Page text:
Abstract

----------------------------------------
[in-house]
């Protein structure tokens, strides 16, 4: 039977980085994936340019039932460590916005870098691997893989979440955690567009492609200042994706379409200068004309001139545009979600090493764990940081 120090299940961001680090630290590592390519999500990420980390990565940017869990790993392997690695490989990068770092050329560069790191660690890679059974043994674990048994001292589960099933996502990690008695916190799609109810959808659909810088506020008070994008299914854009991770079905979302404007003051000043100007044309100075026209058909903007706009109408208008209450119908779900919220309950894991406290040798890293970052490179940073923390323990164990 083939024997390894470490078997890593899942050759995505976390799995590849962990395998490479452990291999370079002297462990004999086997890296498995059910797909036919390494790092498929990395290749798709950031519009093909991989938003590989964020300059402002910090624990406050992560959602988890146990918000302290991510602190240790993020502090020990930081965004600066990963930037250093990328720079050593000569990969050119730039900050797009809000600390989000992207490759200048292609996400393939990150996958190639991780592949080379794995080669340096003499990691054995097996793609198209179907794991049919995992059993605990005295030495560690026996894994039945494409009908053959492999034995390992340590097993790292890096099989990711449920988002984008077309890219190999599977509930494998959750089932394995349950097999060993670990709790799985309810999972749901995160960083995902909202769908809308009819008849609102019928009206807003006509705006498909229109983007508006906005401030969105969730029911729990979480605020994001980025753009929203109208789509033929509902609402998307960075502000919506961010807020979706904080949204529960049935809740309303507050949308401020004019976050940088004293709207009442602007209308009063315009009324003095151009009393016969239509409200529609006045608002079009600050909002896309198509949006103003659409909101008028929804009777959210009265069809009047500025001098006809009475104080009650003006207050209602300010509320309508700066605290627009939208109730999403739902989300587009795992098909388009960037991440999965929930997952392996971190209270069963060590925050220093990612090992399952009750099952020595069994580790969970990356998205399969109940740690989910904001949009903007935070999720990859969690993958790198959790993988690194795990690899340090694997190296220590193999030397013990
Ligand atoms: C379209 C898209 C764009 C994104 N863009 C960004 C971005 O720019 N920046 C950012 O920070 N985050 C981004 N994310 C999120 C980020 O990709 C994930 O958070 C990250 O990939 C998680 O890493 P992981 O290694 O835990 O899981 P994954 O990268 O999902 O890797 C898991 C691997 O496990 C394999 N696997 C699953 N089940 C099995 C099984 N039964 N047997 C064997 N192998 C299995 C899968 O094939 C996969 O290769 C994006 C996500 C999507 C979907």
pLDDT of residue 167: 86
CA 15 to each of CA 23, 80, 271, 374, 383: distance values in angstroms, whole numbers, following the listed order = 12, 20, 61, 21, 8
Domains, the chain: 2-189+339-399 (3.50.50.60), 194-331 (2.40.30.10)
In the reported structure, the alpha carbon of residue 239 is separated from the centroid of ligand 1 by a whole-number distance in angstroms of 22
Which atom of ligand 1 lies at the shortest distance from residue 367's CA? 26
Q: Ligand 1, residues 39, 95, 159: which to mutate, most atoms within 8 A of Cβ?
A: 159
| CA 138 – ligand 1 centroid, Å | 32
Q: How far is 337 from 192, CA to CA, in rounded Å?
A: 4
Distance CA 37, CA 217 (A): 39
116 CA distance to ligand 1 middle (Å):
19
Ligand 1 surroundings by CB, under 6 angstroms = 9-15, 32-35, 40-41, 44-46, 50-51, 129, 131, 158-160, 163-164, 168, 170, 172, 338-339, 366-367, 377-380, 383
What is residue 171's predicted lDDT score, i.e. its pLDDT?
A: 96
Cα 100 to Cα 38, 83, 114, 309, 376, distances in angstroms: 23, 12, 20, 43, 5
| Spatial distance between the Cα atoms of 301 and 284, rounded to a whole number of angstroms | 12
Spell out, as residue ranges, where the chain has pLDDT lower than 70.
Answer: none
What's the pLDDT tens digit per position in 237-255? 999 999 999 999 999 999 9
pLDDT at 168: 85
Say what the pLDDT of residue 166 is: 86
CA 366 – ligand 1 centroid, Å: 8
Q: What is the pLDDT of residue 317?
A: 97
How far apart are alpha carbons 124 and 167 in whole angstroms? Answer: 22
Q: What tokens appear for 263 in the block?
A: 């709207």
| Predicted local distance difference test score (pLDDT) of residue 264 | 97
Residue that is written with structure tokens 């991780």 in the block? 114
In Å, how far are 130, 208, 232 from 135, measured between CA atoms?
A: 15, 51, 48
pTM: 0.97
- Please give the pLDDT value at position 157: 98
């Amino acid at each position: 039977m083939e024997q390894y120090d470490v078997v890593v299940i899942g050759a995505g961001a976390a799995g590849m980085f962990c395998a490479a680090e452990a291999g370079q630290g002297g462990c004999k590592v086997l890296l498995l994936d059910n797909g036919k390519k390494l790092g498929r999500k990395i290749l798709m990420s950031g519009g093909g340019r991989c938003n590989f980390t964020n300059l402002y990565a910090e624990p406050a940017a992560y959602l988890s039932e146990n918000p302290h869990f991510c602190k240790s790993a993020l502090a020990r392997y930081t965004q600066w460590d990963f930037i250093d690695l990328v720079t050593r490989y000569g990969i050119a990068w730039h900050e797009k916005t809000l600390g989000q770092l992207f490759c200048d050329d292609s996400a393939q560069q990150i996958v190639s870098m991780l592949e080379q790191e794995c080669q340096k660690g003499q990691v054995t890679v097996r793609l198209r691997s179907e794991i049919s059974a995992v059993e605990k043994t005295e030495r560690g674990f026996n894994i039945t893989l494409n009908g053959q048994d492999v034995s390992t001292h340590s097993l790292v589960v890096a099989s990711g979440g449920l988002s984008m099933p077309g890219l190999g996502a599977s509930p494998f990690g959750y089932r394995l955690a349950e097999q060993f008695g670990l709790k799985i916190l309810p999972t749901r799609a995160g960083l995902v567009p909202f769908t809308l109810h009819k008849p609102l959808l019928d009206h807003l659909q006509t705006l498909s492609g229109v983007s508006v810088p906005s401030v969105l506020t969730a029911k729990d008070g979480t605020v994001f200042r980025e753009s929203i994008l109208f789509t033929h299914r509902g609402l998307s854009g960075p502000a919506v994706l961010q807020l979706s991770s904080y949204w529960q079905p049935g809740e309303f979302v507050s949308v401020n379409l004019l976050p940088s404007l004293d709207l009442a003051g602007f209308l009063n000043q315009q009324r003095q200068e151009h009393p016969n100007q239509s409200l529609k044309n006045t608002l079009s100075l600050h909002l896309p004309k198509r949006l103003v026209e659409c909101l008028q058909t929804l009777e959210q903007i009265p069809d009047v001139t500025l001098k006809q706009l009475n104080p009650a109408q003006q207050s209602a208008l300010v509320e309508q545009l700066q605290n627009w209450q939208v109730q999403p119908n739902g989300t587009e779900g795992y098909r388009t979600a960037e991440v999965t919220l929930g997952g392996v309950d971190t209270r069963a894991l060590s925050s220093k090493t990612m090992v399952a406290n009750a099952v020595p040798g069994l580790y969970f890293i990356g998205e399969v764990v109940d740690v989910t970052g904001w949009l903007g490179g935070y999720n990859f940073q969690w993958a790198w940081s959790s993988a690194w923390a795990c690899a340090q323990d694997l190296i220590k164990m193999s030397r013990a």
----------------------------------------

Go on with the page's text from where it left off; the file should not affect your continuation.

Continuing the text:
The supposed Laurentian margin in western Ireland is separated from an Ordovician arc-related basin by the Clew Bay Complex and two Silurian successions, informally termed the Croagh Patrick Silurian and the Louisburgh Silurian, whose relationships are enigmatic. Palynomorphs, tubular structures and sheets of cuticle from turbidites within the Clew Bay Complex indicate a Silurian (Wenlock) age. In the light of these new data and reappraisal of contacts, the Croagh Patrick Silurian is now considered to be in tectonic contact with the Clew Bay Complex. The Louisburgh Silurian may also be in tectonic contact with parts of the Clew Bay Complex and unconformable on other parts, but is probably younger than previously thought. The Silurian age of elements of the Clew Bay Complex, and the relationship of the complex with other Silurian successions in western Ireland, indicate that significant deformation occurred in this part of the Caledonides during mid to end Silurian times, and imply that significant Silurian-Devonian terrane movement took place.

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